The Art of Client Communication
September 8, 2017
Client communication can feel like a battle, a war that never ends, a constant struggle to feel like you have control of the relationship and of the account. There’s an ancient Chinese military strategy book that is considered the ultimate combat guide, The Art of War, written by military general Sun Tzu. When thinking of client communication, I thought of this novel and how it guides soldiers to subdue their foes without really fighting. So apply that to client communication. (Not that your clients are necessarily foes, but sometimes it can certainly feel like you’re at odds with each other). After many client interactions, I have developed my own strategy when facing weekly calls, writing daily emails, and dealing with the ever changing performance. This has helped me to feel more confident when speaking with clients.
A few tips to implement a strategy when approaching communication with your client:
- It is extremely important to stay organized. In doing this, find a system that works for you where you keep track of all tasks, notes, emails, etc. so you can reference it quickly.
- A way to save time down the road or to recall changes that have been made, it is important to document everything. Document and date everything. Any changes that are made to the account, any new campaigns built, any budget changes, any new strategy going forward, be sure to document it all and keep a record. This can save confusion down the line if the client comes back to ask why something changed or what was the cause for a performance increase/decrease.
- Keep your documentation organized. An easy way to document all reports you pull and create is to set up a drive folder and share it with your client. That way your client can easily reference things when they have questions without contacting you.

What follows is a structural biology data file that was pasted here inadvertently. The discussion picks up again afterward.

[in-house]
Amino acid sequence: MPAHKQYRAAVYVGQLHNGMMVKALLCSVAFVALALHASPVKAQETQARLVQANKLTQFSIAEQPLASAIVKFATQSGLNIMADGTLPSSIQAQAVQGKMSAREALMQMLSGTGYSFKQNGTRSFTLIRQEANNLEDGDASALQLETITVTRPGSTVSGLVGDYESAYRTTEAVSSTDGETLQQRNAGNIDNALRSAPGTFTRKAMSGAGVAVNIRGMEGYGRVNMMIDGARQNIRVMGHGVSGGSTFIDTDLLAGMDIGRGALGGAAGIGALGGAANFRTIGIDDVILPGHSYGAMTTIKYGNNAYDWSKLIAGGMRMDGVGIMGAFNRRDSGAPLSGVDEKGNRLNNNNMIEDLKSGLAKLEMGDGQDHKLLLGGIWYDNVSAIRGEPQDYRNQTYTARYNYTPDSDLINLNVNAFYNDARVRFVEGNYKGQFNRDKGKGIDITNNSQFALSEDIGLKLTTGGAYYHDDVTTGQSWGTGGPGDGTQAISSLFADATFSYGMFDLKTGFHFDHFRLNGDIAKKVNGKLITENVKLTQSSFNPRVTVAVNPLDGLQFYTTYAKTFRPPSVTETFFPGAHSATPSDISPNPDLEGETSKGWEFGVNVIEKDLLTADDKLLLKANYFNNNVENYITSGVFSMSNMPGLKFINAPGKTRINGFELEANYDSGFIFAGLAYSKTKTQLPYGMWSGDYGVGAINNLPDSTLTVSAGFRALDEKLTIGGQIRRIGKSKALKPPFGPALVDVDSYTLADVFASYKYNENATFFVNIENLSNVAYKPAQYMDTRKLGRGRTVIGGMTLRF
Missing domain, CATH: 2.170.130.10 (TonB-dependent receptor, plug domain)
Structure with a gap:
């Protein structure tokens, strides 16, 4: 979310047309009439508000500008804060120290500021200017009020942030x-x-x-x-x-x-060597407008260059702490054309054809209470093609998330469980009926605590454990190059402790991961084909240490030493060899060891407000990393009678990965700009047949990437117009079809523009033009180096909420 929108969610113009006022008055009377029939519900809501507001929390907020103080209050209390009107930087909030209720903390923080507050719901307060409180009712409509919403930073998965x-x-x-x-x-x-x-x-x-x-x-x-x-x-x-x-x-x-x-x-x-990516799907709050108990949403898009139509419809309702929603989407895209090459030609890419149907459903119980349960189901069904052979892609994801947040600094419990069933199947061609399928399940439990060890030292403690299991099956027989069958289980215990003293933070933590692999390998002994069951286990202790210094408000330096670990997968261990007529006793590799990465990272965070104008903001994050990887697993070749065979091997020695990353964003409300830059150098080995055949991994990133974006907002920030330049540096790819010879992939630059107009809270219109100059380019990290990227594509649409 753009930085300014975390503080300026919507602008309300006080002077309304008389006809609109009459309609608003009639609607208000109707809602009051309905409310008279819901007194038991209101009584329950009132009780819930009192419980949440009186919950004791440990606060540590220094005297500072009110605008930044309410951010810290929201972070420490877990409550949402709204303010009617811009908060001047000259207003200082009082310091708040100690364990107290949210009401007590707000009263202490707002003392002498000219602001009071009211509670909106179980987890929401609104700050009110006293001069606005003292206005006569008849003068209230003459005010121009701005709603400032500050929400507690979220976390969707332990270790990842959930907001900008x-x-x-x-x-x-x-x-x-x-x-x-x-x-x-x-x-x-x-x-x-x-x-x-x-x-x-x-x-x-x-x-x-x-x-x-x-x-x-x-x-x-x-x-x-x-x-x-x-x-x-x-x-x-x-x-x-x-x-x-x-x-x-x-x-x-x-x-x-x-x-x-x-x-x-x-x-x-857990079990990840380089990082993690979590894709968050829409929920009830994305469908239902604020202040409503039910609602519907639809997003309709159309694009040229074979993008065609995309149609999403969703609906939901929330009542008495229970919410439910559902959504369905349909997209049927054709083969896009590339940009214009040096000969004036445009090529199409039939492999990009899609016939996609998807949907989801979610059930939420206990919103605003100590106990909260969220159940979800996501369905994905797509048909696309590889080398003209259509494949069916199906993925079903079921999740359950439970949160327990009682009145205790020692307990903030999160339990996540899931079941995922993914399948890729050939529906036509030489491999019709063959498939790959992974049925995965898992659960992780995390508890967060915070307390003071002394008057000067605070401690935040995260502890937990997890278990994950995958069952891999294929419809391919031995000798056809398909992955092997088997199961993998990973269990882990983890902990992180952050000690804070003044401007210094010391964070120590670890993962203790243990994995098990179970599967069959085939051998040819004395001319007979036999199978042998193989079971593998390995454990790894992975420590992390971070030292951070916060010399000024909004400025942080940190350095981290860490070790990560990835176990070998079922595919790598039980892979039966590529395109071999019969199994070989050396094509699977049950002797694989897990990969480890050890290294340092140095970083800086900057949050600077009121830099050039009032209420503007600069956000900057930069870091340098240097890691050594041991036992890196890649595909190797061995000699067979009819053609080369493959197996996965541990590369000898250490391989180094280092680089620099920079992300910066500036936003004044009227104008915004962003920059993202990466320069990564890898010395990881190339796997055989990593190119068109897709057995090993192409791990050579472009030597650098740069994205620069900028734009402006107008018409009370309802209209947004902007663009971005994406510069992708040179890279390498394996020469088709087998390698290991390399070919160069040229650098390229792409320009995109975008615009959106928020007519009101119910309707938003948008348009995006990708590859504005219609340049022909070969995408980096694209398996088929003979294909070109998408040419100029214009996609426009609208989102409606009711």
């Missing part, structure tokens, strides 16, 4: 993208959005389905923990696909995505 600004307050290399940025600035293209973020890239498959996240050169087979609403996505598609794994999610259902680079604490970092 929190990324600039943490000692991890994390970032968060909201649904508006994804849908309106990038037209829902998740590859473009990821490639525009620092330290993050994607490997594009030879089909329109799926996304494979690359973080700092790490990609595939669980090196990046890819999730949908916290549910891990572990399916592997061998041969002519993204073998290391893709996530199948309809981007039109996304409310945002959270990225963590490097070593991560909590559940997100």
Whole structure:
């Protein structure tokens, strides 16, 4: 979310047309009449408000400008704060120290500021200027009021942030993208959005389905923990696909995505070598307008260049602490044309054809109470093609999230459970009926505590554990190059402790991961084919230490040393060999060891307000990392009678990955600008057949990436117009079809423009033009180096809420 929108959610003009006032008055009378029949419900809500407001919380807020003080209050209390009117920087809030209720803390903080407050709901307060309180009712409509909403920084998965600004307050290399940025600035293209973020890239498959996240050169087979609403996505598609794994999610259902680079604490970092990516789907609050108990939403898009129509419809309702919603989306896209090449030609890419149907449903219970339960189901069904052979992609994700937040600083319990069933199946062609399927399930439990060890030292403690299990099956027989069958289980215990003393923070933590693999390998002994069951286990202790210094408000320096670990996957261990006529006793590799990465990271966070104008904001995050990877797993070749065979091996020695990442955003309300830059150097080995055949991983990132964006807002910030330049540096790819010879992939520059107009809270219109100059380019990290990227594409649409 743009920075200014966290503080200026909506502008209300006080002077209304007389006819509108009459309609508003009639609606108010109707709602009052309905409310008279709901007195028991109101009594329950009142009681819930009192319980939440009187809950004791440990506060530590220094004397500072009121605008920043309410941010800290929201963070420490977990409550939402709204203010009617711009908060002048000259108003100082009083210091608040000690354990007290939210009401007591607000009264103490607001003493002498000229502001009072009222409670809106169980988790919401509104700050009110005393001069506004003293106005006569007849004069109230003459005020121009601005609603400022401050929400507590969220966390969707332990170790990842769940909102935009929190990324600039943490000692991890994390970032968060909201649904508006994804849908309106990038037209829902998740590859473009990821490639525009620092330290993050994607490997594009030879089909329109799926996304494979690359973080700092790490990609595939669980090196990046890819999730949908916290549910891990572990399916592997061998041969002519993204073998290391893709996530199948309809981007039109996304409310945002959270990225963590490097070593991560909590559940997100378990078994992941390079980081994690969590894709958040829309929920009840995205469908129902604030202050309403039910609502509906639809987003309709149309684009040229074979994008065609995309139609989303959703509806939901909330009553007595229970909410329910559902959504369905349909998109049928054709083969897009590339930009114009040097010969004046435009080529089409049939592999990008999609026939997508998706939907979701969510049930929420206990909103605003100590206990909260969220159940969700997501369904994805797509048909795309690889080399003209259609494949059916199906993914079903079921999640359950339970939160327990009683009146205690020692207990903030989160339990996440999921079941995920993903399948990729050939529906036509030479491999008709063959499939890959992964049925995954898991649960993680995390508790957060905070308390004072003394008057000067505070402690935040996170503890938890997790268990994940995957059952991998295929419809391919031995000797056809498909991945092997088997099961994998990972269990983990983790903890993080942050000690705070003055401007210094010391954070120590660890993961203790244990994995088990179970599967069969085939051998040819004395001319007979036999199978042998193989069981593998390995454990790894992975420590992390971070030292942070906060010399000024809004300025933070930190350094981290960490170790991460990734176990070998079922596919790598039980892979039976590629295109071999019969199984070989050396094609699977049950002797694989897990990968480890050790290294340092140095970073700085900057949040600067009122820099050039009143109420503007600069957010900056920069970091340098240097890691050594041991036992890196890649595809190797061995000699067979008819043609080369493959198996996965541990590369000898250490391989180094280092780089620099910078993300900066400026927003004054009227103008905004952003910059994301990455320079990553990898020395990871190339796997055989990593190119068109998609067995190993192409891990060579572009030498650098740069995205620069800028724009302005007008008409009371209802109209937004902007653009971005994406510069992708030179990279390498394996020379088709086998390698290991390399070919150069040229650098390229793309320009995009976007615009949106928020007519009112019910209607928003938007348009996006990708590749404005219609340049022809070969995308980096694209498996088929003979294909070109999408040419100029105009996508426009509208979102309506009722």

- Take diligent notes of every phone conversation. If the client is a large team, make sure you know who does what on the team. It is also a good idea to write down which team member made a decision, gave you direction, gave you instruction, etc. so that if it ever comes up in the future, you can reference what was discussed and decided upon.
- Keep all your notes. Be an email hoarder. Designate a folder just for call notes, agendas, follow ups.
- Clearly communicate any changes that you propose, whether in writing or on the phone. Practice what you are going to say; if you have trouble on phone calls, write down a script to help you remember how to explain a new tactic or strategy. For emails, have a co-worker or supervisor read through any emails you send to be sure it is understood and clear.
- Under communication that most difficult thing to do is to communicate mistakes. However, it is crucial that you do so if/when you find one. This may feel scary because you don’t want to upset the client, but it will set the stage for an open and honest relationship where trust can be formed.
- When communicating, figure out the way that the client prefers to communicate. Some want daily calls, weekly calls, bi-weekly calls, it all depends on the client and the seasonality of the account (or if there is seasonality). Make sure that the client feels comfortable with how much, or how little, they are in contact with you.
- Follow up every phone conversation with a summary of what was talked about and decided on. This helps with your organization, your documentation, and your notation.
- Date your follow ups.
- In your follow ups, be sure to write who is responsible for what tasks or for follow through with something.
- At the beginning of each call, summarize the previous week’s action items. This will help keep everyone on the same page and keep everyone aware of what is being done on this account.
- This is also a way to keep everyone, you/your team and your client/your client’s team, accountable for tasks to be completed.
Each client is different, just like each account manager is different. However, in having a plan of action in place for when you deal with clients can help to make you feel more confident that you have all your soldiers in line. Create a strategy that is best for you when approaching your clients so that you don’t have to fight and you don’t have to constantly put out fires. Make a treaty with your client so that you can have a relationship of comradery and not animosity.
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